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Nested tables messed up in FireFox (you heard me)

 
 
Jim
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      07-26-2007
I'm working on a new layout for my site and everything shows up
perfectly as expected in IE but FF doesn't behave as expected. FF
adds a lot of extra space when I resize the spacer images on the sides
of the page. If you select the radio buttons you'll see what I mean.
Event the initial size seems to be off a bit as you can see the gaps
in the images when the page first loads.

http://www.stadiumgrille.com/index.aspx

The older layout uses a similar html layout so I know it works but for
some reason it's not working now.

http://www.stadiumgrille.com/index.asp

Anyone see something I don't?

 
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Ben C
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      07-26-2007
On 2007-07-26, Jim <(E-Mail Removed)> wrote:
> I'm working on a new layout for my site and everything shows up
> perfectly as expected in IE but FF doesn't behave as expected. FF
> adds a lot of extra space when I resize the spacer images on the sides
> of the page. If you select the radio buttons you'll see what I mean.
> Event the initial size seems to be off a bit as you can see the gaps
> in the images when the page first loads.


If you'd like to explain exactly why you expect your riot of rowspanning
and colspanning cells to look any particular way I would be interested
to hear it.

In a table each cell gets a height from the whole row and the height of
the row is a function of the contents of each cell. This is exactly the
behaviour you _don't_ want for this page.

When you click one of the radio buttons, a different list of burgers
appears below, changing the height of the main content area a bit. This
shouldn't affect the sidebars at all (or certainly not the spacing
between items on the sidebars), so just don't make the sidebars part of
the same table in the first place.

In fact there's no reason to use tables at all on that page.

Rowspan and colspan make life even more complicated because the browser
has to decide how to distribute the contribution of a cell's content
dimensions and any styled or percentage dimensions on it across the rows
or columns it spans.

Only a very small amount of this is specified in any detail, so you
cannot expect identical results between any two browsers.
 
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Bergamot
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      07-26-2007
Jim wrote:
> I'm working on a new layout for my site and everything shows up
> perfectly as expected in IE but FF doesn't behave as expected. FF
> adds a lot of extra space when I resize the spacer images on the sides
> of the page.


Ack, this talk of nested tables and spacer images makes my head spin.
That stuff is sooooooooooo last century.

> http://www.stadiumgrille.com/index.aspx


Slice-and-splice designs are ugly in more ways than one, and so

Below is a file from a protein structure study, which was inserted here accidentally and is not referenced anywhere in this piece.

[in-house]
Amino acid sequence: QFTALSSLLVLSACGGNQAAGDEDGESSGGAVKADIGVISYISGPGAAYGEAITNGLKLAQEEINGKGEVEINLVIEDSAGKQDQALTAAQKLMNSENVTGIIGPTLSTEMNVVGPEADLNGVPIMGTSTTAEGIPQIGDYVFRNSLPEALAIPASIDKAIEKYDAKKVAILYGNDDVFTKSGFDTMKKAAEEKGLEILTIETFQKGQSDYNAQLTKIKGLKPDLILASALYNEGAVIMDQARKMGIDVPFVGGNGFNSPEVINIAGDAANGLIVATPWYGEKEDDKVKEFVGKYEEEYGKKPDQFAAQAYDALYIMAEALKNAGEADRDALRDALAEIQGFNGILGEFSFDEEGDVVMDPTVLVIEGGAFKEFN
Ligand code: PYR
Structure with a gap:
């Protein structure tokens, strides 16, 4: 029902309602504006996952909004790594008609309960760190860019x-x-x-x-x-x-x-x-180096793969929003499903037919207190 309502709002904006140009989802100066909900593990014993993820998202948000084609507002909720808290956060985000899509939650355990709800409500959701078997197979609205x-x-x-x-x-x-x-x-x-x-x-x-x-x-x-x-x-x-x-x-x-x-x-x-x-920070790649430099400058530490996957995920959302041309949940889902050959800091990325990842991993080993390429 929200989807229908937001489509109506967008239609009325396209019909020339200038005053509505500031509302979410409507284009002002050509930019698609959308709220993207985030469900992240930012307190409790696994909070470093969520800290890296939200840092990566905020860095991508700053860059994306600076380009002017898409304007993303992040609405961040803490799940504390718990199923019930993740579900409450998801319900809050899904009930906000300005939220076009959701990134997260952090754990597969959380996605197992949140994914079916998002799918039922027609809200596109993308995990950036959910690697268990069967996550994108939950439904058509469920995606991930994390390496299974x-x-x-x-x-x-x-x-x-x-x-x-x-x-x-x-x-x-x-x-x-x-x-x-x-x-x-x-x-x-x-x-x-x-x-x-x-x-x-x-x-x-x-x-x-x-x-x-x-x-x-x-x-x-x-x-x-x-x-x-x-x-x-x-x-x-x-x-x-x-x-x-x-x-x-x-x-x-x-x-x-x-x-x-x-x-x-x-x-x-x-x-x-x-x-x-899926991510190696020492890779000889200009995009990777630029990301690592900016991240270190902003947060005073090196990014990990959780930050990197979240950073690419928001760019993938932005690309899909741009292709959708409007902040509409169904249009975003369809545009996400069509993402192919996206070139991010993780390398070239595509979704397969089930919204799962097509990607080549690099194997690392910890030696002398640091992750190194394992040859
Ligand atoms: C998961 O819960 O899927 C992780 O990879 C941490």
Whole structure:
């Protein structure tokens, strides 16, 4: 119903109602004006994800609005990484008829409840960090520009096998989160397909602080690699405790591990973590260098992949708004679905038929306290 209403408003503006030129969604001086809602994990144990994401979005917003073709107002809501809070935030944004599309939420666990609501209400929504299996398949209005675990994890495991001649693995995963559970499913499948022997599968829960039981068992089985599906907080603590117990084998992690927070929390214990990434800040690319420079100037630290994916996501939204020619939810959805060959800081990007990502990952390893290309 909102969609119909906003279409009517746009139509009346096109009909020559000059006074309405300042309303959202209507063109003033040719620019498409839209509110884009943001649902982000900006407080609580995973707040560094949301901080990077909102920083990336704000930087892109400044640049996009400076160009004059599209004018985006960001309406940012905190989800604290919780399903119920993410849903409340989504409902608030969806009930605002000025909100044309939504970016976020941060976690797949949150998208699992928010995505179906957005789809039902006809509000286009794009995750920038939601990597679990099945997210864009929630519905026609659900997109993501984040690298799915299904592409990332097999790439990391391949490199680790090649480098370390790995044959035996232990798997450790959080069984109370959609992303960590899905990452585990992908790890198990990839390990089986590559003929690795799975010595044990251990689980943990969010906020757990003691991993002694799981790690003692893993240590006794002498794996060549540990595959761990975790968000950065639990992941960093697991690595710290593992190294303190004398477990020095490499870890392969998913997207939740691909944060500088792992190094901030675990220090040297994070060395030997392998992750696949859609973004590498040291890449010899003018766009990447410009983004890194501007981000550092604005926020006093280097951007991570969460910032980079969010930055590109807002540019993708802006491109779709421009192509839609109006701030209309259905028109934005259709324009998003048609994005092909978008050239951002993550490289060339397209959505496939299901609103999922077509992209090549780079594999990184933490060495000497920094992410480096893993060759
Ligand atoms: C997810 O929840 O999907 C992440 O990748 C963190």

unnecessary. Try using background colors and border properties instead
of all those solid color images. It will simplify the design, plus make
it a lot faster loading. There should be no need for spacer images at all.

The only graphics you need on that page are the logo, the navigation
buttons and the shadowing. Everything else can go. You don't need all
those rowspans and colspans, either. Simplify!

--
Berg
 
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Jim
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      07-27-2007
The popularity of the style of my design or it's "beauty" was not my
question. I understand that many feel the css is the only way to go
but the fact remains that, and I know that this is hard to swallow,
table designs do work and the only browser that seems to choke on them
is FireFox. IE, Opera and Safari seem to handle it fine.

> If you'd like to explain exactly why you expect your riot of rowspanning
> and colspanning cells to look any particular way I would be interested
> to hear it.

....
> Rowspan and colspan make life even more complicated because the browser
> has to decide how to distribute the contribution of a cell's content
> dimensions and any styled or percentage dimensions on it across the rows
> or columns it spans.


>From what I can gather from here:

http://www.htmlcodetutorial.com/help/sutra8136.html
I should be abble to have fixed height and dynamic cells in FireFox
but that doesn't seem to work either.

 
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Ben C
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      07-27-2007
On 2007-07-27, Jim <(E-Mail Removed)> wrote:
> The popularity of the style of my design or it's "beauty" was not my
> question. I understand that many feel the css is the only way to go
> but the fact remains that, and I know that this is hard to swallow,
> table designs do work and the only browser that seems to choke on them
> is FireFox. IE, Opera and Safari seem to handle it fine.